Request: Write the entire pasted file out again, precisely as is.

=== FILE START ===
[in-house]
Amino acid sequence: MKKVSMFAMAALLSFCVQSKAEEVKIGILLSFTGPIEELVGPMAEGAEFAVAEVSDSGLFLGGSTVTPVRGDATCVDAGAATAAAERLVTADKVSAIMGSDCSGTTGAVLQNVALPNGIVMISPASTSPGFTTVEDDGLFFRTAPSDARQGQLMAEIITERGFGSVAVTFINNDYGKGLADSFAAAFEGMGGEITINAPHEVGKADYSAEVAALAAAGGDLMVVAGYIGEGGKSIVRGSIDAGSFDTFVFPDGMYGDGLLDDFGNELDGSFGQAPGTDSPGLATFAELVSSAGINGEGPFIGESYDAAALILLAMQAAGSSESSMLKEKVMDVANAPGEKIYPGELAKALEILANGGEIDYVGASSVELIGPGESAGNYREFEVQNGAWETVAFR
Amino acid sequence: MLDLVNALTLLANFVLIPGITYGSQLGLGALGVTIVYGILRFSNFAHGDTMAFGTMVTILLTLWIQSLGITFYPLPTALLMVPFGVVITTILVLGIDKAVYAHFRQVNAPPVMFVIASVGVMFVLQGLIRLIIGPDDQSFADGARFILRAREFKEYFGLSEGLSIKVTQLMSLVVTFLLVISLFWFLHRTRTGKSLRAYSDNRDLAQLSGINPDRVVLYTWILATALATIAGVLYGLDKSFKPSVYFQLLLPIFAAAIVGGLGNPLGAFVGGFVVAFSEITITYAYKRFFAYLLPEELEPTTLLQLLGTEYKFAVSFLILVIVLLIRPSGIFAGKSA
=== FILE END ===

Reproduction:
[in-house]
Amino acid sequence: MKKVSMFAMAALLSFCVQSKAEEVKIGILLSFTGPIEELVGPMAEGAEFAVAEVSDSGLFLGGSTVTPVRGDATCVDAGAATAAAERLVTADKVSAIMGSDCSGTTGAVLQNVALPNGIVMISPASTSPGFTTVEDDGLFFRTAPSDARQGQLMAEIITERGFGSVAVTFINNDYGKGLADSFAAAFEGMGGEITINAPHEVGKADYSAEVAALAAAGGDLMVVAGYIGEGGKSIVRGSIDAGSFDTFVFPDGMYGDGLLDDFGNELDGSFGQAPGTDSPGLATFAELVSSAGINGEGPFIGESYDAAALILLAMQAAGSSESSMLKEKVMDVANAPGEKIYPGELAKALEILANGGEIDYVGASSVELIGPGESAGNYREFEVQNGAWETVAFR
Amino acid sequence: MLDLVNALTLLANFVLIPGITYGSQLGLGALGVTIVYGILRFSNFAHGDTMAFGTMVTILLTLWIQSLGITFYPLPTALLMVPFGVVITTILVLGIDKAVYAHFRQVNAPPVMFVIASVGVMFVLQGLIRLIIGPDDQSFADGARFILRAREFKEYFGLSEGLSIKVTQLMSLVVTFLLVISLFWFLHRTRTGKSLRAYSDNRDLAQLSGINPDRVVLYTWILATALATIAGVLYGLDKSFKPSVYFQLLLPIFAAAIVGGLGNPLGAFVGGFVVAFSEITITYAYKRFFAYLLPEELEPTTLLQLLGTEYKFAVSFLILVIVLLIRPSGIFAGKSA